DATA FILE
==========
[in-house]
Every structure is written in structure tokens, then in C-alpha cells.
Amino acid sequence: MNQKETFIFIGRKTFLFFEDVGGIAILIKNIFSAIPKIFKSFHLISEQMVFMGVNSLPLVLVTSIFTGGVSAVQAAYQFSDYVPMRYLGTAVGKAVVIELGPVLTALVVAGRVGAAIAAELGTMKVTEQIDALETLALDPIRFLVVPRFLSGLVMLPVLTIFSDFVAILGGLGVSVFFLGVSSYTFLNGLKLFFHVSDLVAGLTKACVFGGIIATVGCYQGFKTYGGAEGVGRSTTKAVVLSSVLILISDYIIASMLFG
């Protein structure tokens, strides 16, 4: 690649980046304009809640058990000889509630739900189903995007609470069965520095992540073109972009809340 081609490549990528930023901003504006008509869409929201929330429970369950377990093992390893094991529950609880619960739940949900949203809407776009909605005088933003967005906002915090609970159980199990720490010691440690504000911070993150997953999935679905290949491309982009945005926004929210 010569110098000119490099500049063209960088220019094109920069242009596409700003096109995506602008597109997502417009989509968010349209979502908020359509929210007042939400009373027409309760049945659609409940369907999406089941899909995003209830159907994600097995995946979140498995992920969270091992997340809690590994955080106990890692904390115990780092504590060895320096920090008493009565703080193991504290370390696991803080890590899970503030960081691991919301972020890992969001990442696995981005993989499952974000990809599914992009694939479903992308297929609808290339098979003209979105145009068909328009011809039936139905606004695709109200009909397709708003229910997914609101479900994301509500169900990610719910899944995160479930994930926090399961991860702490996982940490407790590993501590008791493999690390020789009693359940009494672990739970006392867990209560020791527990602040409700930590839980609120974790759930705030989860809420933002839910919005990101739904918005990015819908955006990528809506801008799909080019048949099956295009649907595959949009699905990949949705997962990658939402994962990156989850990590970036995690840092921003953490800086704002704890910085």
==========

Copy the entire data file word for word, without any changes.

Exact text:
[in-house]
Every structure is written in structure tokens, then in C-alpha cells.
Amino acid sequence: MNQKETFIFIGRKTFLFFEDVGGIAILIKNIFSAIPKIFKSFHLISEQMVFMGVNSLPLVLVTSIFTGGVSAVQAAYQFSDYVPMRYLGTAVGKAVVIELGPVLTALVVAGRVGAAIAAELGTMKVTEQIDALETLALDPIRFLVVPRFLSGLVMLPVLTIFSDFVAILGGLGVSVFFLGVSSYTFLNGLKLFFHVSDLVAGLTKACVFGGIIATVGCYQGFKTYGGAEGVGRSTTKAVVLSSVLILISDYIIASMLFG
């Protein structure tokens, strides 16, 4: 690649980046304009809640058990000889509630739900189903995007609470069965520095992540073109972009809340 081609490549990528930023901003504006008509869409929201929330429970369950377990093992390893094991529950609880619960739940949900949203809407776009909605005088933003967005906002915090609970159980199990720490010691440690504000911070993150997953999935679905290949491309982009945005926004929210 010569110098000119490099500049063209960088220019094109920069242009596409700003096109995506602008597109997502417009989509968010349209979502908020359509929210007042939400009373027409309760049945659609409940369907999406089941899909995003209830159907994600097995995946979140498995992920969270091992997340809690590994955080106990890692904390115990780092504590060895320096920090008493009565703080193991504290370390696991803080890590899970503030960081691991919301972020890992969001990442696995981005993989499952974000990809599914992009694939479903992308297929609808290339098979003209979105145009068909328009011809039936139905606004695709109200009909397709708003229910997914609101479900994301509500169900990610719910899944995160479930994930926090399961991860702490996982940490407790590993501590008791493999690390020789009693359940009494672990739970006392867990209560020791527990602040409700930590839980609120974790759930705030989860809420933002839910919005990101739904918005990015819908955006990528809506801008799909080019048949099956295009649907595959949009699905990949949705997962990658939402994962990156989850990590970036995690840092921003953490800086704002704890910085």